entered an amended judgment in the amount of $ 6,385,305.68 against USGI and three co-defendants, jointly and severally. The Court, with the government's consent, stayed execution pending appeal of that judgment against co-defendants John C. York and First Commonwealth Savings Bank ("First Commonwealth"), who had posted a supersedeas bond in the full amount of the judgment. The Court further ordered that USGI should have until July 24, 1995 to comply with Federal Rules of Appellate Procedure 7 (by posting a bond to ensure payment of costs on appeal) and 8 (by posting a supersedeas bond).
On July 24, 1995, USGI filed with the Court a Stipulation and Order that it would post a $ 1,000.00 bond to comply with Rule 7. Upon approval of that Stipulation by the Court, USGI did post the $ 1,000.00 bond. USGI advised the Court, however, that it did not have sufficient assets to post a bond in the full amount of the judgment, and that it would continue discussions with the government as to whether an accommodation regarding a supersedeas bond could be reached. USGI and the government were unable to reach any agreement for the posting of a bond for less than the entire amount of the judgment.
Since July, USGI has engaged in negotiations with First Commonwealth and Signet Bank to structure an arrangement whereby USGI would be added as a party to the supersedeas bond already posted by John C. York and First Commonwealth. Ultimately, an arrangement was agreed upon whereby USGI could be added to the bond in return for its pledge of certain assets that it owns. A rider to the original bond, adding USGI as a principal, issued on September 27, 1995.
Meanwhile, in July, the government advised USGI that the government intended to execute on the judgment against USGI by pursuing an "administrative offset" with respect to a defaulted Federal Housing Administration ("FHA")-insured, mortgage-backed loan involving a multifamily residential project known as the Lincoln Discovery Park IV Project. USGI previously had submitted, on May 13, 1995, an application to FHA for insurance proceeds on the loan. USGI is the mortgagee-of-record and an issuer of a participation and servicing agreement under which a 100% beneficial interest in the mortgage loan is held by TFINN & Co, a nominee for Lehman Brothers. TFINN is not connected to the litigation underlying the present Motion nor is it otherwise affiliated with USGI. By administrative offset, the government proposed satisfying its judgment against USGI by refusing to pay the FHA insurance claims submitted by USGI on the mortgage loan.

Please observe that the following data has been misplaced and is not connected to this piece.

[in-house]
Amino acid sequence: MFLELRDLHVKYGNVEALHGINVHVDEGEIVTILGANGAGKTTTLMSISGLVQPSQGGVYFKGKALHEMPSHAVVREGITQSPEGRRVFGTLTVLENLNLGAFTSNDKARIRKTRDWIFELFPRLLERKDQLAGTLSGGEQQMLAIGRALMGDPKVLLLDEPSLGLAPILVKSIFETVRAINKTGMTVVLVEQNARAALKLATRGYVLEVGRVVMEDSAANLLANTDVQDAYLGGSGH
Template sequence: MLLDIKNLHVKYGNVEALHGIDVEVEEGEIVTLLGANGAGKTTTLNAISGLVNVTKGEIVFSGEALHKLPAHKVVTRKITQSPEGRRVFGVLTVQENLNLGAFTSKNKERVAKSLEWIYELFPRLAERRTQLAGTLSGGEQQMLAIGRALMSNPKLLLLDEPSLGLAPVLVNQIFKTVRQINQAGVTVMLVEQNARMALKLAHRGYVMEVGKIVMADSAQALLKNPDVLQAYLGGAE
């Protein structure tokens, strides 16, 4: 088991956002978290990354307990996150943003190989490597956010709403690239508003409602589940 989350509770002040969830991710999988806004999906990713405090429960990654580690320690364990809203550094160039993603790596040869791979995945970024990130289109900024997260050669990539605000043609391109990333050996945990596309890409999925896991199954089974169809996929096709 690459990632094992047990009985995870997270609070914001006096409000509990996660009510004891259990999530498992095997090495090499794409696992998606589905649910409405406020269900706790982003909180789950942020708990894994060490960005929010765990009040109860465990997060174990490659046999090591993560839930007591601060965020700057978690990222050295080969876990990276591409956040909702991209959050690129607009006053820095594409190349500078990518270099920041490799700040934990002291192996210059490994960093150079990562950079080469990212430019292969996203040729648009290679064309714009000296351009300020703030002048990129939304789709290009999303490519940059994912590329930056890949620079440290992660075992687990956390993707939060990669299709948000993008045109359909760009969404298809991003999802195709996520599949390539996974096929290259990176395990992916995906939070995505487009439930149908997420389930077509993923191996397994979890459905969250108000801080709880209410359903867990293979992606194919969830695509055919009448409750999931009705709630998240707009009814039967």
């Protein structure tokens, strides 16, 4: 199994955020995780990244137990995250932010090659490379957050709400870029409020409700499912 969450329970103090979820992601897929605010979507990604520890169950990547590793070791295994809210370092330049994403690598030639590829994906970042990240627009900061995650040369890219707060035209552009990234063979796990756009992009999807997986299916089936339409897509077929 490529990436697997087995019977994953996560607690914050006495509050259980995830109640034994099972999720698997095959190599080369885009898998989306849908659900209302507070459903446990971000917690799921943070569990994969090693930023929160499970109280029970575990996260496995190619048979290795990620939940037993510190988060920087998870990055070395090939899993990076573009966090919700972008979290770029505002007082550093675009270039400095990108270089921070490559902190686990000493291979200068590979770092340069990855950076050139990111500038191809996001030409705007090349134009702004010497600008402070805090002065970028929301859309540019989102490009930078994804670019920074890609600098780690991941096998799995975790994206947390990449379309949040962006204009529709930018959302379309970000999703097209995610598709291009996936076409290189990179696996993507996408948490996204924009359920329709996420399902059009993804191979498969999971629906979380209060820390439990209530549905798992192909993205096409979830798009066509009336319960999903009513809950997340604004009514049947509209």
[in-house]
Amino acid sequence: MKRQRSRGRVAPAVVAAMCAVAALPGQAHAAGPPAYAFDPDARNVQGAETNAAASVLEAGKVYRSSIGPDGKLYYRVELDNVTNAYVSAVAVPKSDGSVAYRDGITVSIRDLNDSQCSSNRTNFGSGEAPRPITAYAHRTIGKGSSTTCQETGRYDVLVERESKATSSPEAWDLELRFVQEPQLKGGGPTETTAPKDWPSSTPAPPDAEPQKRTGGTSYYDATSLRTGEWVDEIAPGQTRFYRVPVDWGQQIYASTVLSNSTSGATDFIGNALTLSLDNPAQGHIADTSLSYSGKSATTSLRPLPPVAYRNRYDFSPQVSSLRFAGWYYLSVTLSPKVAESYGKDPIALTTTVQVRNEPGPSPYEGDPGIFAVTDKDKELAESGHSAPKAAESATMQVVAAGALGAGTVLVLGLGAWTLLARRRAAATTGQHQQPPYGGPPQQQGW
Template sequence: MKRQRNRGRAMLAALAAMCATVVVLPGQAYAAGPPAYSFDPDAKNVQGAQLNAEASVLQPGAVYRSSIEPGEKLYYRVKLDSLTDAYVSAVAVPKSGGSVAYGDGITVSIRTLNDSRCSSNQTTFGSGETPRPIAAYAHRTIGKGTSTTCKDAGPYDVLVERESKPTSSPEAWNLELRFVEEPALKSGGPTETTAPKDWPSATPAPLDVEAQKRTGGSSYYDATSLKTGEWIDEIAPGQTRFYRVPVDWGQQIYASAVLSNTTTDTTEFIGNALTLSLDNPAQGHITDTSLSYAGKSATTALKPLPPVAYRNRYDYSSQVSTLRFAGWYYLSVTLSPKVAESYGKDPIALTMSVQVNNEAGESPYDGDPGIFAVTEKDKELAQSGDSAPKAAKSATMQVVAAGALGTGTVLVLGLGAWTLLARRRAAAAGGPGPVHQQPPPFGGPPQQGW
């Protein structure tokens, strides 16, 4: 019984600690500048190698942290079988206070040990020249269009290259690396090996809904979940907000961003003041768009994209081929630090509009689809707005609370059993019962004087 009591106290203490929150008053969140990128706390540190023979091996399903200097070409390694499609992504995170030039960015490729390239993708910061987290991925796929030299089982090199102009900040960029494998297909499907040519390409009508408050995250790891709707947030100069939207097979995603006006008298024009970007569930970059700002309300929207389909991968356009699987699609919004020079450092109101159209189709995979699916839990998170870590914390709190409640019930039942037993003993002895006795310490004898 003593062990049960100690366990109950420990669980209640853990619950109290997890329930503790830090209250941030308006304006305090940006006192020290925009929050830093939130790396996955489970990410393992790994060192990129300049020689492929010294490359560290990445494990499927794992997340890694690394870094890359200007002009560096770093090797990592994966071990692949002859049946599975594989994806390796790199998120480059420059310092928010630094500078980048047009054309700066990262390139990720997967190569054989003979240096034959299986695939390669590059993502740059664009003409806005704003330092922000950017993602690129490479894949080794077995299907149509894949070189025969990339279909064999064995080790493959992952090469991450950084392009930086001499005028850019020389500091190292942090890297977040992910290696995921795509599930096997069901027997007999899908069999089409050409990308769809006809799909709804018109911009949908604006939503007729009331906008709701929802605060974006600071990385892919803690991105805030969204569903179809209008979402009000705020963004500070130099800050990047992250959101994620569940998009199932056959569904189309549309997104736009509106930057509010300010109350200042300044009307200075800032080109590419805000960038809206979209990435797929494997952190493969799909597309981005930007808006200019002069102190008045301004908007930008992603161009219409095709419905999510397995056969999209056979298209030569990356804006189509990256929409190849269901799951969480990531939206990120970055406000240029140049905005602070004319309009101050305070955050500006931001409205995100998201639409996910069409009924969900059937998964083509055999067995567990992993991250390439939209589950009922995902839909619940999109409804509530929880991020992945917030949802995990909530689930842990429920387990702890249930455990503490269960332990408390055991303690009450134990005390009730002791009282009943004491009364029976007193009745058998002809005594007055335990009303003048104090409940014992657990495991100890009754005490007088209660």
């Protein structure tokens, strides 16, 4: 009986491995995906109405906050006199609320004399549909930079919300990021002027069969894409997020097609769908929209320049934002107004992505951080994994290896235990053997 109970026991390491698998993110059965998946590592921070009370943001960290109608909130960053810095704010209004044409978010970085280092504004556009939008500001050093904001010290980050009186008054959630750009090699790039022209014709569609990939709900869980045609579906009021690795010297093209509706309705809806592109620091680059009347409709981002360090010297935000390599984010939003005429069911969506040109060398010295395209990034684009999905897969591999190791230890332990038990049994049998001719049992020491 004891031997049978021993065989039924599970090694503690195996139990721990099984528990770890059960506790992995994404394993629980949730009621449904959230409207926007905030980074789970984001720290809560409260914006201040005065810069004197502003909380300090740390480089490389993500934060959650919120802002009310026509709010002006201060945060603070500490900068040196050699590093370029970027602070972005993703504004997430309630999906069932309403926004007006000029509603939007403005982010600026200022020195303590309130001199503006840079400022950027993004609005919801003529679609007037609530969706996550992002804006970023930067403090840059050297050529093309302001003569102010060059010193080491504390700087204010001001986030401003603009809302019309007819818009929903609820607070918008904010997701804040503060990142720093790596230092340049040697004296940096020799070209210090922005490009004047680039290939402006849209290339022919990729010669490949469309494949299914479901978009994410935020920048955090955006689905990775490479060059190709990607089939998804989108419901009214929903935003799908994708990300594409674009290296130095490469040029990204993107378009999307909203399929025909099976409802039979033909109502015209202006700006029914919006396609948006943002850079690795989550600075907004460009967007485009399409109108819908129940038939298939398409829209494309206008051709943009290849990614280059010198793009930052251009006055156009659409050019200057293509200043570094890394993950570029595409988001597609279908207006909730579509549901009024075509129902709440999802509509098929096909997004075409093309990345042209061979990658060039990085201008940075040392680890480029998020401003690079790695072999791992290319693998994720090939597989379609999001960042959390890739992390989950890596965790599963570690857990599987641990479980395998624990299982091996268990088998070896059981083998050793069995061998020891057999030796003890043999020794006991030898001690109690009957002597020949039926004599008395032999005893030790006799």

USGI protested the proposed offset, and informed the government that it had no equitable or beneficial interest in the Discovery Park mortgage loan. USGI also informed the government that it was hopeful that it would be added to the supersedeas bond posted by John C. York and First Commonwealth. Nevertheless, on September 12, 1995, FHA notified USGI that it had paid over to the Government National Mortgage Association ("Ginnie Mae") a partial settlement of USGI's insurance claim on the Discovery Park loan in the amount of $ 3,673,617.65 to "satisfy the ruling of the U.S. District Court for the District of Columbia calling for an award to Ginnie Mae of $ 6.3 million." As a result of the final settlement of USGI's insurance claim, FHA paid, in total, $ 3,813,154.64 to Ginnie Mae.
After it obtained the rider to the supersedeas bond, USGI forwarded the rider to the government and requested that the government consent to the posting of the amended supersedeas bond, reverse the offset, and consent to the entry of a stay pending appeal. On October 2, 1995, the government consented to the posting of the bond and entry of the stay, but refused to reverse the offset.
On October 6, 1995, USGI filed the instant Motion to Stay Execution of Judgment and to Quash Attachment. On October 17, 1995, the York parties filed a response, urging the Court to grant USGI's motion. On October 31, 1995, the government filed a partial Opposition, to which USGI replied on November 7, 1995. In its Opposition, the government consents to the approval of the amended bond and the imposition of a prospective stay of execution. The Court shall, therefore, approve of the amended supersedeas bond and shall enter a stay pending appeal of execution of judgment against USGI. The government opposes, however, USGI's Motion to Quash Attachment. Therefore, the Court must herein decide the question whether to grant USGI's Motion to Quash Attachment.